2. It was designed by another noted, and very successful, aerodynamicist.

3. It set multiple world records when it was introduced.

4. Yet it was actually used for a rather short time.

5. And, it never entered combat.

6. It was the first of its type to hold an outright speed record.

7. And, it set another record.

8. It was the first aircraft of its service to surpass an aeronautic landmark.

9. Yet, despite all these records and landmark achievements, it remained in service for a short time.

10. It was the last produced by an iconic name in aviation, before that company combined with another aviation giant.
Old 11-06-2017, 12:45 PM
  #14968  
elmshoot
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NC-4 flying boat
Old 11-06-2017, 07:24 PM
  #14969  
Ernie P.
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Originally Posted by elmshoot View Post
NC-4 flying boat
Not the NC-4, elmshoot; but keep trying. Here's another clue to help out. Thanks; Ernie P.



What warbird do I describe?



Clues:

1. The genesis of this aircraft was an attempt to follow the research and designs of a noted aerodynamic pioneer.

2. It was designed by another noted, and very successful, aerodynamicist.

3. It set multiple world records when it was introduced.

4. Yet it was actually used for a rather short time.

5. And, it never entered combat.

6. It was the first of its type to hold an outright speed record.

7. And, it set another record.

8. It was the first aircraft of its service to surpass an aeronautic landmark.

9. Yet, despite all these records and landmark achievements, it remained in service for a short time.

10. It was the last produced by an iconic name in aviation, before that company combined with another aviation giant.

11. Its profile was, although not unique, very distinctive.
Old 11-06-2017, 08:18 PM
  #14970  
Hydro Junkie
 
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And, once again, I'm stumped
Old 11-06-2017, 09:42 PM
  #14971  
proptop
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Hmmm...how 'bout the Convair B-58 Hustler...?
Old 11-07-2017, 05:37 AM
  #14972  
Ernie P.
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Originally Posted by proptop View Post
Hmmm...how 'bout the Convair B-58 Hustler...?
Not the B-58, proptop; and there's no reason for any one to feel pessimistic. The answer will become obvious as we go along and this next clue may help. Thanks; Ernie P.



What warbird do I describe?



Clues:

1. The genesis of this aircraft was an attempt to follow the research and designs of a noted aerodynamic pioneer.

2. It was designed by another noted, and very successful, aerodynamicist.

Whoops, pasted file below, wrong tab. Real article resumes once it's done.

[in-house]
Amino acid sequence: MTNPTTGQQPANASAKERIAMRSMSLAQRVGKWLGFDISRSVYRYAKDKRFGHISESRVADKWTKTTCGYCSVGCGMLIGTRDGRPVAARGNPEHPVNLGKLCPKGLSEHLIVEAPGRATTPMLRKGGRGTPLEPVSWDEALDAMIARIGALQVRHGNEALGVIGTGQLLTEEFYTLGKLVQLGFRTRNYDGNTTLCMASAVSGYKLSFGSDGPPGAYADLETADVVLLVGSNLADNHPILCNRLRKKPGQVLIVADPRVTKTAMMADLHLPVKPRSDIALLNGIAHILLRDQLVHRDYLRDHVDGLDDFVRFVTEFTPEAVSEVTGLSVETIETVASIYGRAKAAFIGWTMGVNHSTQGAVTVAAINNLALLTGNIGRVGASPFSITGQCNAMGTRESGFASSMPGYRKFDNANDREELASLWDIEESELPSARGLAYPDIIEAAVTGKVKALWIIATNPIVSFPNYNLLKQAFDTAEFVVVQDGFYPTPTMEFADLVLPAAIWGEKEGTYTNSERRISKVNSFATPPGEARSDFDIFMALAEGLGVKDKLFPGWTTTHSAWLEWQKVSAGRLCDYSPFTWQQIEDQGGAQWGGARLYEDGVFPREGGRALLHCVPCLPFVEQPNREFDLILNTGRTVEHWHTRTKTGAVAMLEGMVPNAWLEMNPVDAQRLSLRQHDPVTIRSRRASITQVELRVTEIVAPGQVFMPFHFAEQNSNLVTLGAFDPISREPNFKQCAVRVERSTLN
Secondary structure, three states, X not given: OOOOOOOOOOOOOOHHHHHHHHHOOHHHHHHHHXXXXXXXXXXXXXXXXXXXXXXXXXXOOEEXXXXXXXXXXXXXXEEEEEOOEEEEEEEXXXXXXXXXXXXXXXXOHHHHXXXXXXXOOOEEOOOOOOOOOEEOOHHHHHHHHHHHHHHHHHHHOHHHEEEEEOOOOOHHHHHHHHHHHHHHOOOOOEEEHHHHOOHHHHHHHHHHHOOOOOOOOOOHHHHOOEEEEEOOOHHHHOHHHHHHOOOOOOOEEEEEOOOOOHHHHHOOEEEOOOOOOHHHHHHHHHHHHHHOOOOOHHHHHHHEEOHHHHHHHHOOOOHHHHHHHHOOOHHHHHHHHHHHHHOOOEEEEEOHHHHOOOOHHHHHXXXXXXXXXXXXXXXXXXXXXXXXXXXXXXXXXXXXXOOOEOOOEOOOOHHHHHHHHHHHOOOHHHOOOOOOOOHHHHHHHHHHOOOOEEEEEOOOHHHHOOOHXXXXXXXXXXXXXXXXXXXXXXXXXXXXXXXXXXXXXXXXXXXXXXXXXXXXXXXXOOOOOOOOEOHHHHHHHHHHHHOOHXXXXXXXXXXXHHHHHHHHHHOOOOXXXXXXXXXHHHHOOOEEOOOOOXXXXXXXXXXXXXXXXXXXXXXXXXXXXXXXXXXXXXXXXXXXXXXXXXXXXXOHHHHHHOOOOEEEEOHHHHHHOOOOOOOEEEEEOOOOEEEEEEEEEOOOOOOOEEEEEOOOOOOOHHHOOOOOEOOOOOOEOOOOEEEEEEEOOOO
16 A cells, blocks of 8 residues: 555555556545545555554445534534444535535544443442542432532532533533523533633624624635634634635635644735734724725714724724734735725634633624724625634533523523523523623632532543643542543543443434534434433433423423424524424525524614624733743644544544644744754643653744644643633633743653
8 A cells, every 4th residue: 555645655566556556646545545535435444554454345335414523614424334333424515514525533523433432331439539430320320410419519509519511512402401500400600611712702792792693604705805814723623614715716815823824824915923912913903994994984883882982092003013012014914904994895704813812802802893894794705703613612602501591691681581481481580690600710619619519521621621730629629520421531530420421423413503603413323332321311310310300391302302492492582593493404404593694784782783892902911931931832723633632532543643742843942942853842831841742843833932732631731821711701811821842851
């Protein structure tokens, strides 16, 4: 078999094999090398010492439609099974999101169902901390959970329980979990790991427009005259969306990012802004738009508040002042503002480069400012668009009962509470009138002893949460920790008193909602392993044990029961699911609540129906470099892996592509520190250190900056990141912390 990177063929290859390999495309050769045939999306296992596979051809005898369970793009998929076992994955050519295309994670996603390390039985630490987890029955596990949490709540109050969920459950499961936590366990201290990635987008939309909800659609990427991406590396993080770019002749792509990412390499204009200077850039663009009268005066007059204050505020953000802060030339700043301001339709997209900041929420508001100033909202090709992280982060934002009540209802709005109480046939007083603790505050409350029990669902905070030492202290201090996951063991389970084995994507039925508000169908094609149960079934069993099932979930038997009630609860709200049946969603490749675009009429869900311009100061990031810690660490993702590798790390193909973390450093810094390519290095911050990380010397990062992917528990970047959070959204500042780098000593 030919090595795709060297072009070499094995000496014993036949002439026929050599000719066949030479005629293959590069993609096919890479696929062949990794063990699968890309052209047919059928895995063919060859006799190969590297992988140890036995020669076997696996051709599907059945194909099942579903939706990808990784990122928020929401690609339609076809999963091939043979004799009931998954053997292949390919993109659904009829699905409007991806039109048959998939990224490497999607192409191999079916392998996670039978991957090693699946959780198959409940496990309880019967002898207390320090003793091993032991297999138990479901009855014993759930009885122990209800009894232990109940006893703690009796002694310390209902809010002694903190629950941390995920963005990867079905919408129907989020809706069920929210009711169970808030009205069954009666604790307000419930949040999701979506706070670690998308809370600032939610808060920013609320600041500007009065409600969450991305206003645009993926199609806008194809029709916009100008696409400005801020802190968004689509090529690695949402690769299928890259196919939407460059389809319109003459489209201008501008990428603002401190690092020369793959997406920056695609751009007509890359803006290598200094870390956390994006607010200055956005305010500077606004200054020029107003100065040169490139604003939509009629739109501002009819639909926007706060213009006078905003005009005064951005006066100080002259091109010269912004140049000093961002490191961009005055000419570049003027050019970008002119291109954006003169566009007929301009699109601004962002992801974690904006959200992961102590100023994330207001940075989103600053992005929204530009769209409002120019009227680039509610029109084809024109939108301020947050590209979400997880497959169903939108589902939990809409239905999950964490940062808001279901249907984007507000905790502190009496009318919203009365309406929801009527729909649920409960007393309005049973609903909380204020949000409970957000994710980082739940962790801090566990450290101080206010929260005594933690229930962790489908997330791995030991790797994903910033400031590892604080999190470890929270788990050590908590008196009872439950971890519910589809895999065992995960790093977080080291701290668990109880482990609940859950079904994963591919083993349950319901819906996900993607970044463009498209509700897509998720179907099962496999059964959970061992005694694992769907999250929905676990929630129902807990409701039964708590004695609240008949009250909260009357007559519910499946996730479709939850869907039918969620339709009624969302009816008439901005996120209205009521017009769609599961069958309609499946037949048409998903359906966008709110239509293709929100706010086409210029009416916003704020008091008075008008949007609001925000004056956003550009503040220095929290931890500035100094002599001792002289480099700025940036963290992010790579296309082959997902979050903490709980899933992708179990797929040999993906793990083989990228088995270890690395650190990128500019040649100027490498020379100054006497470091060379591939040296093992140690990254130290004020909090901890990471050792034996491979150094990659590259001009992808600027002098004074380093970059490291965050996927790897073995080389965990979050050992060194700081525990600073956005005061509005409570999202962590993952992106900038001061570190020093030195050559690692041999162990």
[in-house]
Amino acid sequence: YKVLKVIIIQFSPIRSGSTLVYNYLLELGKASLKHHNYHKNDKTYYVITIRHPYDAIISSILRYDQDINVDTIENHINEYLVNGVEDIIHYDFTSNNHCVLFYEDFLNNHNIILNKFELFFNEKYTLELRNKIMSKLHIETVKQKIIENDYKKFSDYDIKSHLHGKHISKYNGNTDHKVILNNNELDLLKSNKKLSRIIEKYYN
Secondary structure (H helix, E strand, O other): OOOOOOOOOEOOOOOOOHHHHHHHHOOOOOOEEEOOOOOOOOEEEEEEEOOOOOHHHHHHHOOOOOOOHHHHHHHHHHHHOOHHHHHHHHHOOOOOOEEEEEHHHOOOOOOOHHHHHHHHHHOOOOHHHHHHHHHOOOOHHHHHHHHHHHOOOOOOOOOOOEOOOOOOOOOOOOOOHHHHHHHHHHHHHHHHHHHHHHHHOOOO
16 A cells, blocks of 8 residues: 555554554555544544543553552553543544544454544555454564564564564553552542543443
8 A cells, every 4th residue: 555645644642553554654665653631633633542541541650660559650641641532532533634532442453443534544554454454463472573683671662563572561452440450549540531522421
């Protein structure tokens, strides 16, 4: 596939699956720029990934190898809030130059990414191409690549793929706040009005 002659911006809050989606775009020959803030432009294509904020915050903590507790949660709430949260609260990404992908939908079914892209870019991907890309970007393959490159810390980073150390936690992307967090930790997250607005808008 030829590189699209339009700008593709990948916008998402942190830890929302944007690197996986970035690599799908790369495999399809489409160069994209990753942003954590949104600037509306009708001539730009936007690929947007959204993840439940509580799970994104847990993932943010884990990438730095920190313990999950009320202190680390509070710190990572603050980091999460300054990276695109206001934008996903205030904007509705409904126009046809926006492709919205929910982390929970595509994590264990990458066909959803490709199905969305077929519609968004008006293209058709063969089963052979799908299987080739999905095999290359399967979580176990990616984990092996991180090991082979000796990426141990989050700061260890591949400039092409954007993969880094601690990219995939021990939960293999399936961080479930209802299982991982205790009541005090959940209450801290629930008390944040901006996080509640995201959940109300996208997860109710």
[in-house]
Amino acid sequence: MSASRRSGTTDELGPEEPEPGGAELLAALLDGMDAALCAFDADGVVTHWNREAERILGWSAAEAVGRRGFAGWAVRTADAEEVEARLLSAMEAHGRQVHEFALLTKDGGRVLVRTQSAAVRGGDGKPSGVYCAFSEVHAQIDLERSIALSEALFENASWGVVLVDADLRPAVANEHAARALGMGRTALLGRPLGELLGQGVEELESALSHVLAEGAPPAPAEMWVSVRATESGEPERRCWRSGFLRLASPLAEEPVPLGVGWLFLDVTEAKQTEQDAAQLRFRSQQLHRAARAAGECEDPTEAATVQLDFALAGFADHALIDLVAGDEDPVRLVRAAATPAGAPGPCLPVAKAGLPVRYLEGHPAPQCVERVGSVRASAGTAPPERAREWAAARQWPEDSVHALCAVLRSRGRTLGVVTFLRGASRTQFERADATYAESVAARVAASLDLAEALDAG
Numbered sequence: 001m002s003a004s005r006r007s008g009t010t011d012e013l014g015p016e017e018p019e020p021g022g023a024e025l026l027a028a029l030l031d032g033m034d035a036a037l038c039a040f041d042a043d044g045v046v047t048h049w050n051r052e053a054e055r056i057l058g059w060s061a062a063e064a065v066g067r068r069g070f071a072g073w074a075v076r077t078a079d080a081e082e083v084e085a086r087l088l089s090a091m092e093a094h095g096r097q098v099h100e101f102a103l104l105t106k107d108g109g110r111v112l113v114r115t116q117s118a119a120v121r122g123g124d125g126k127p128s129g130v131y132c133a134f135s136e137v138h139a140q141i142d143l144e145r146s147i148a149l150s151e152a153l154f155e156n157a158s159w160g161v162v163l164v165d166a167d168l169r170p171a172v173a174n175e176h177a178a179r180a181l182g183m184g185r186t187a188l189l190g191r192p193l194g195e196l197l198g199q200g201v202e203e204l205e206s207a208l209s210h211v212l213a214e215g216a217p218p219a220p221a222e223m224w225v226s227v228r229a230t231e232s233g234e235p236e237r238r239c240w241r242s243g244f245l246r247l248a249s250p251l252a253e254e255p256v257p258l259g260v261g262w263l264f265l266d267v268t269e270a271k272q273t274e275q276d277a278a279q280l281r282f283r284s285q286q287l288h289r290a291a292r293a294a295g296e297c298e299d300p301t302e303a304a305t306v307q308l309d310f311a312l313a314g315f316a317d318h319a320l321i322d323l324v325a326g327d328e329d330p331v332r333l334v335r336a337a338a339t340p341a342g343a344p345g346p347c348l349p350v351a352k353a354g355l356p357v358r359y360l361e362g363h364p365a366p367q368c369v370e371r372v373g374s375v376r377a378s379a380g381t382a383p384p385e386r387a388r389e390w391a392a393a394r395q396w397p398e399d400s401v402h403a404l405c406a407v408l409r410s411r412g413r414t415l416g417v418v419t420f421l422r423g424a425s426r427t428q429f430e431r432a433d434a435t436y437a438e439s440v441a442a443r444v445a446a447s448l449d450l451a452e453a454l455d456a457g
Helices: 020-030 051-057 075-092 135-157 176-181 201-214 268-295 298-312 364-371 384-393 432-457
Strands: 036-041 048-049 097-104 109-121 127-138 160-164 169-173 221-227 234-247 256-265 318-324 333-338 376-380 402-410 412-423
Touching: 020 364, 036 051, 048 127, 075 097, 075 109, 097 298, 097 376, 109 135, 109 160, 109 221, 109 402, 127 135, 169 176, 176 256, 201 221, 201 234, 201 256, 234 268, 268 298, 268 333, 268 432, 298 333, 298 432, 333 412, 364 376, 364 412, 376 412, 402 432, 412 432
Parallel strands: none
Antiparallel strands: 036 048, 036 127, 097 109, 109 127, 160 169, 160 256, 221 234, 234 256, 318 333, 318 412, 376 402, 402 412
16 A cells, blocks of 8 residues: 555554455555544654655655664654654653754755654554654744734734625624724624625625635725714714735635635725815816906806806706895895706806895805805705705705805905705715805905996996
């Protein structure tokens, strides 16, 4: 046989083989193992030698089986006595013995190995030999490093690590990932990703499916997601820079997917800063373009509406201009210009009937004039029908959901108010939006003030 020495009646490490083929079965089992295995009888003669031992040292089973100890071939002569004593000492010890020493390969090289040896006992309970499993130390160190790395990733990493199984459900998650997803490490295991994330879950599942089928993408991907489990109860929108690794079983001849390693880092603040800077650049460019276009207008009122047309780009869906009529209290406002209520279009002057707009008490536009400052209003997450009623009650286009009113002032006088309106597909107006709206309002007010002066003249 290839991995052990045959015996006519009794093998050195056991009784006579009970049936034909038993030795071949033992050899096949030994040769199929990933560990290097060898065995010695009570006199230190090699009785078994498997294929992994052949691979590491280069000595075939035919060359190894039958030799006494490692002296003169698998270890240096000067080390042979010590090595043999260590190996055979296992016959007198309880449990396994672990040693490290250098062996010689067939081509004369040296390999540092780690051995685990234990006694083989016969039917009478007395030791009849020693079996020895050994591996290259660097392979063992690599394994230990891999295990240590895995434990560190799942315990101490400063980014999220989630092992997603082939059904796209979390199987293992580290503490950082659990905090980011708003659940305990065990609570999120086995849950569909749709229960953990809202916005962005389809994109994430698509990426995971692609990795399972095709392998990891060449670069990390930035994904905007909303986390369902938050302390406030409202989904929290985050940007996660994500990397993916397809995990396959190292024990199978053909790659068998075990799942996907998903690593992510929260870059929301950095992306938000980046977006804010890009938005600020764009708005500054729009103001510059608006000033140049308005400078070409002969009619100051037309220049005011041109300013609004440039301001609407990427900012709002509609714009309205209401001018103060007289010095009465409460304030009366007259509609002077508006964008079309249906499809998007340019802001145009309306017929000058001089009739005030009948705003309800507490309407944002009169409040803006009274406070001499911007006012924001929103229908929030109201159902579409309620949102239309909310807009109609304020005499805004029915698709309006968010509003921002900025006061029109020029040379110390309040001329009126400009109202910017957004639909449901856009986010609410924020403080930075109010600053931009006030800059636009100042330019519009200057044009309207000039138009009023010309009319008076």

3. It set multiple world records when it was introduced.

4. Yet it was actually used for a rather short time.

5. And, it never entered combat.

6. It was the first of its type to hold an outright speed record.

7. And, it set another record.

8. It was the first aircraft of its service to surpass an aeronautic landmark.

9. Yet, despite all these records and landmark achievements, it remained in service for a short time.

10. It was the last produced by an iconic name in aviation, before that company combined with another aviation giant.

11. Its profile was, although not unique, very distinctive.

12. For that reason, and several others, it was very well known at the time.
Old 11-07-2017, 06:08 AM
  #14973  
FlyerInOKC
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Bell X-1 based on the Miles M.52?
Old 11-07-2017, 06:23 AM
  #14974  
FlyerInOKC
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Or possibly the Lockheed P-80 Shooting Star.
Old 11-07-2017, 07:46 AM
  #14975  
Ernie P.
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Neither answer is correct, Sir; but here's another clue to reward your participation. Thanks; Ernie P.



What warbird do I describe?



Clues:

1. The genesis of this aircraft was an attempt to follow the research and designs of a noted aerodynamic pioneer.

2. It was designed by another noted, and very successful, aerodynamicist.

3. It set multiple world records when it was introduced.

4. Yet it was actually used for a rather short time.

5. And, it never entered combat.

6. It was the first of its type to hold an outright speed record.

7. And, it set another record.

8. It was the first aircraft of its service to surpass an aeronautic landmark.

9. Yet, despite all these records and landmark achievements, it remained in service for a short time.

10. It was the last produced by an iconic name in aviation, before that company combined with another aviation giant.

11. Its profile was, although not unique, very distinctive.

12. For that reason, and several others, it was very well known at the time.

13. It was named for a fish.